Lifelong achiever Dukakis aims for politics' highest prize
MICHAEL DUKAKIS figures that during college breaks he hitchhiked at least 40,000 miles around the United States. Thirty years later, he is trying to hitch a ride to the White House on his reputation as a man who can balance budgets and take care of the downtrodden. The turnaround of his state's economy from ``basket case to showcase'' is often referred to as the ``Massachusetts Miracle.''Skip to next paragraph
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While some observers dispute how much of the credit for the state's recovery should go to Governor Dukakis rather than to national economic forces, few question his integrity, his intelligence, or his dedication to a career as a public servant.
He has an image of a hands-on technocrat, a lover of detail, and a keen student when it comes to learning about problems and their proposed solutions. Perceived as antibusiness during his first term as governor, Mr. Dukakis has earned a reputation as pro-growth, with an open ear to the needs of Massachusetts' private sector.
As a candidate for the Democratic presidential nomination, Dukakis has raised close to $10 million, more than any other candidate. The funds will come in handy for a candidate who is not well known outside New England. Critics also claim he lacks foreign policy experience and familiarity with national issues like farm policy. Even some of his close friends worry that his matter-of-fact style lacks the charisma needed to spark a fire under the electorate.
Yet Dukakis is attracting attention. He is expected to win the New Hampshire primary, although Gary Hart's reentry into the race could eat into his lead there. And in a recent NBC poll of Iowa voters, Dukakis, with 20 percent, was only 1 point behind the front-runner, Sen. Paul Simon. A majority of professional political consultants surveyed recently predicted Dukakis will get the Democratic nomination.
Youth and college
Michael Dukakis, the son of Greek immigrants, has always been an achiever, and has always gained the respect of his peers. At Brookline High School, just outside Boston, he was elected vice-president of his freshman, sophomore, and junior classes, and student council president in his senior year. He lettered in baseball, basketball, cross country, and tennis, and he played the trumpet in the school band.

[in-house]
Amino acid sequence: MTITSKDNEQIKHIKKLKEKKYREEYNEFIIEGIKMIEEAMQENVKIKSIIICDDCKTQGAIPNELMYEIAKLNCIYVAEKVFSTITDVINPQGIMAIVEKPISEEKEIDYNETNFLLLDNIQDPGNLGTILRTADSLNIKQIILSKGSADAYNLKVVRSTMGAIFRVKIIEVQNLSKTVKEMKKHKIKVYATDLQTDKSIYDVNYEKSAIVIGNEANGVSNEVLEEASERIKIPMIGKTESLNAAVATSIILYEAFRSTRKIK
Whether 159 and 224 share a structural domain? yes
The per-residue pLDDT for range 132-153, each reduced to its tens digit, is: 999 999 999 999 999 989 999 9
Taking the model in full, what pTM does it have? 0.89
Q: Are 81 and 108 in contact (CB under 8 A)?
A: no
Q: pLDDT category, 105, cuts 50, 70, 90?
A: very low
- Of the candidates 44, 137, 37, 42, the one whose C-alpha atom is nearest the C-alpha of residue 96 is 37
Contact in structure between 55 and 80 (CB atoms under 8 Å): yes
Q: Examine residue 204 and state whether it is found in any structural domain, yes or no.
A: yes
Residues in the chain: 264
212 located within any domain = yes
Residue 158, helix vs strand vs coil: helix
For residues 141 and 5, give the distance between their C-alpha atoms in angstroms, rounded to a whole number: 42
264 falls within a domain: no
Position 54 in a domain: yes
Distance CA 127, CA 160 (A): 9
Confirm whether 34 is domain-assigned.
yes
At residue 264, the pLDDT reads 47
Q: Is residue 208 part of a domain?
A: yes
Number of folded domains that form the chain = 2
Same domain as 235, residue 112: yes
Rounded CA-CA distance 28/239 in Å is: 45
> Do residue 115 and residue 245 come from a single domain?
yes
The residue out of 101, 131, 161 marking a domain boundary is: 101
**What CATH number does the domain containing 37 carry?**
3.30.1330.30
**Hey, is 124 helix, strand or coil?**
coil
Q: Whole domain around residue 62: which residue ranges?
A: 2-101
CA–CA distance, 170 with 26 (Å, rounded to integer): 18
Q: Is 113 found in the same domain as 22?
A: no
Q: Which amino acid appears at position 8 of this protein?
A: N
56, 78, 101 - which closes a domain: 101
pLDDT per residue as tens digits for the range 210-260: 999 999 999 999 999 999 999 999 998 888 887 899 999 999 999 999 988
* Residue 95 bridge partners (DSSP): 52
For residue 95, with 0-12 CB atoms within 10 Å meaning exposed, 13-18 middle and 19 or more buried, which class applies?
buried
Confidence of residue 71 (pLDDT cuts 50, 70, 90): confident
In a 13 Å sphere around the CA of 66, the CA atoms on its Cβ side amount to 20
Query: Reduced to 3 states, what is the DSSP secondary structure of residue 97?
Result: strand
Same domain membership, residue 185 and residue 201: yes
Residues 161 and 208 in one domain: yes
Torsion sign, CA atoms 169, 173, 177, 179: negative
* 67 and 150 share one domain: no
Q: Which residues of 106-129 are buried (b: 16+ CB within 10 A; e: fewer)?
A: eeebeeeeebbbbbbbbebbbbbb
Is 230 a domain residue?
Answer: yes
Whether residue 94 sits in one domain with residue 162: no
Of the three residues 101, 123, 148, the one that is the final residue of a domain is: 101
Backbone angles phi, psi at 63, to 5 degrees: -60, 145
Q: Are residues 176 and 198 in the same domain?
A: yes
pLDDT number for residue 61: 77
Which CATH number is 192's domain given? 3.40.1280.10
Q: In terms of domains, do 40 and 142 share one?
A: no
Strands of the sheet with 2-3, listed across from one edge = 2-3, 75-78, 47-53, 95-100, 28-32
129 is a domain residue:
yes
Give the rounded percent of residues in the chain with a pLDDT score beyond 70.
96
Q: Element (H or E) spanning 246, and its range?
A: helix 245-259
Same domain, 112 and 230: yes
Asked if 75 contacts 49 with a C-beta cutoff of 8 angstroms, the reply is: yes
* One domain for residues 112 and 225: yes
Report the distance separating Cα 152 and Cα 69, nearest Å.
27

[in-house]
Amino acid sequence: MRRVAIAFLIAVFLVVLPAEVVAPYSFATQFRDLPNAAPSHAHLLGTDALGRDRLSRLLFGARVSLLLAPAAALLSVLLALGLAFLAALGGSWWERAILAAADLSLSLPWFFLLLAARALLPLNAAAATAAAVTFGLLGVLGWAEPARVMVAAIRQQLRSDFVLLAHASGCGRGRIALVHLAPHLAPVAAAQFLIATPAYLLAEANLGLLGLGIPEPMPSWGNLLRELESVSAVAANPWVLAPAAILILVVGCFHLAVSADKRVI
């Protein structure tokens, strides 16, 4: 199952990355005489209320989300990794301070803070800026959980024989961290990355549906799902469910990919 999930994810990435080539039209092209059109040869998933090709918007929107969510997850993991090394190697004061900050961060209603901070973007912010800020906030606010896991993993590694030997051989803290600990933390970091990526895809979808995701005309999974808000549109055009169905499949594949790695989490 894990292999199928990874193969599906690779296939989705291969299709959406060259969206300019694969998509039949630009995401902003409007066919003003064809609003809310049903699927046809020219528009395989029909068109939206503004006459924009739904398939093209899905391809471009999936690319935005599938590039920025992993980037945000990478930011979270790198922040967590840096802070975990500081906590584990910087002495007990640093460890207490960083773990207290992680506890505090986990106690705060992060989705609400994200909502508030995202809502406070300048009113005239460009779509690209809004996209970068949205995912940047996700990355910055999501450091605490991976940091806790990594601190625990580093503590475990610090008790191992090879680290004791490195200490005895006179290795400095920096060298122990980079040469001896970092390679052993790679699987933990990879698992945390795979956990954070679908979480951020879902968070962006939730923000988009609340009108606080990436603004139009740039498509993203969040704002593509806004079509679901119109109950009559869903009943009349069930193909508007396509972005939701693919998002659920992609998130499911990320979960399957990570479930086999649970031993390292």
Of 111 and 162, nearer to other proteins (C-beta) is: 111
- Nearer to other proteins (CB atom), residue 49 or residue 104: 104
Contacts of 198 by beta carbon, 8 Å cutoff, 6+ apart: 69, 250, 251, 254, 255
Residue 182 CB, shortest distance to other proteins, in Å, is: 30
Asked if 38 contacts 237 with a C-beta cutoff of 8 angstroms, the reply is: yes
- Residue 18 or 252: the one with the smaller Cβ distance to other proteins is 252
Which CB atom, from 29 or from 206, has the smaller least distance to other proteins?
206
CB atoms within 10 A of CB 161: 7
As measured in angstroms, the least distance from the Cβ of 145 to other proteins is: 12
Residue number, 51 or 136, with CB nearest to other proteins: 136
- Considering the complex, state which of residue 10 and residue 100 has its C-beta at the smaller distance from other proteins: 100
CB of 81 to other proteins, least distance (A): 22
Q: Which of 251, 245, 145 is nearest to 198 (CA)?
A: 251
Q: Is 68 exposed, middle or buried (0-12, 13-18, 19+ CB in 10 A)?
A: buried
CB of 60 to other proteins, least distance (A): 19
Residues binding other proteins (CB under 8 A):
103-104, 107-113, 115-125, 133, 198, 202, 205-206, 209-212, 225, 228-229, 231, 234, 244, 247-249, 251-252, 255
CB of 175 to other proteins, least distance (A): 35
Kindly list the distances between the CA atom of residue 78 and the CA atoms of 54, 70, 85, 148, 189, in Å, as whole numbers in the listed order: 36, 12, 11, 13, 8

He was very serious, a characteristic attributed to his disciplined upbringing. In their recent book, ``Dukakis and the Reform Impulse,'' biographers Michael Segal and Richard Gaines write, ``Rather than give up any opportunity for scholastic, athletic, or political advancement, the fun stuff just got put on hold. It was a matter of priorities.''
Dukakis denies that he is overly serious. ``I can never remember a time when I wasn't very happy, very busy, very fulfilled...,'' he says. ``I just had a great time.''
Dukakis went on to college at Swarthmore, near Philadelphia. Soon after he arrived, he demonstrated his leadership qualities once again by heading up opposition to fraternities that discriminated against blacks.
``It was their exclusivity that turned off Michael and led him to take a lead in opposing them,'' says college roommate Frank Sieverts, now press spokesman for the Senate Foreign Relations Committee. As a result of Dukakis's efforts, fraternity membership dropped sharply, Mr. Sieverts says.
Another instance of his maturing leadership came when he learned that black students were being turned away from a local barbershop. ``Just as the fuss began to grow, Dukakis stepped in and said, `I'll cut their hair,''' Sieverts remembers.
``They used to complain about two things,'' says Dukakis. ``First, that I had only one style, and second, that they had to listen to my brand of political talk or be threatened with annihilation,'' he says with a smile.
``We all looked like Ollie North,'' says Sieverts about the haircuts. But Sieverts adds that what impressed him the most was that ``six months later [Dukakis] befriended the barber ... and convinced [him] that he ought to cut the black students' hair.''